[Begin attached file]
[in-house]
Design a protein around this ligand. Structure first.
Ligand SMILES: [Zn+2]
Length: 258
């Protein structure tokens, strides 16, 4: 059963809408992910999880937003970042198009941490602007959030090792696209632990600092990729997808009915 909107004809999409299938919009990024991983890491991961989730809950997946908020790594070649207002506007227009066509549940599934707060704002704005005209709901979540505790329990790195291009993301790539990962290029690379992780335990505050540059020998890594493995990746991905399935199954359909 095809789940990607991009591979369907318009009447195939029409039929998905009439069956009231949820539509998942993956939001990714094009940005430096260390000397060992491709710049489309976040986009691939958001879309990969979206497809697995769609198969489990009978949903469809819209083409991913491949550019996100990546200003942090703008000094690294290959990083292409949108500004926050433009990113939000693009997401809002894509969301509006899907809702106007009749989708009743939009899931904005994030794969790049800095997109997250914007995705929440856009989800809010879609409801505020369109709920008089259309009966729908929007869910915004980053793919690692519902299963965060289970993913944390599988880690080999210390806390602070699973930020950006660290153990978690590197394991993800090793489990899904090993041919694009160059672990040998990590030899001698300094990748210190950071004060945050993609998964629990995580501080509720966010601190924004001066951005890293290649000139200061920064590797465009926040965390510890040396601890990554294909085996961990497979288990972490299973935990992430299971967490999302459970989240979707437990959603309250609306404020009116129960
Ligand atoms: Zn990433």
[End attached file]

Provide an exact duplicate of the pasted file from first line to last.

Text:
[in-house]
Design a protein around this ligand. Structure first.
Ligand SMILES: [Zn+2]
Length: 258
């Protein structure tokens, strides 16, 4: 059963809408992910999880937003970042198009941490602007959030090792696209632990600092990729997808009915 909107004809999409299938919009990024991983890491991961989730809950997946908020790594070649207002506007227009066509549940599934707060704002704005005209709901979540505790329990790195291009993301790539990962290029690379992780335990505050540059020998890594493995990746991905399935199954359909 095809789940990607991009591979369907318009009447195939029409039929998905009439069956009231949820539509998942993956939001990714094009940005430096260390000397060992491709710049489309976040986009691939958001879309990969979206497809697995769609198969489990009978949903469809819209083409991913491949550019996100990546200003942090703008000094690294290959990083292409949108500004926050433009990113939000693009997401809002894509969301509006899907809702106007009749989708009743939009899931904005994030794969790049800095997109997250914007995705929440856009989800809010879609409801505020369109709920008089259309009966729908929007869910915004980053793919690692519902299963965060289970993913944390599988880690080999210390806390602070699973930020950006660290153990978690590197394991993800090793489990899904090993041919694009160059672990040998990590030899001698300094990748210190950071004060945050993609998964629990995580501080509720966010601190924004001066951005890293290649000139200061920064590797465009926040965390510890040396601890990554294909085996961990497979288990972490299973935990992430299971967490999302459970989240979707437990959603309250609306404020009116129960
Ligand atoms: Zn990433």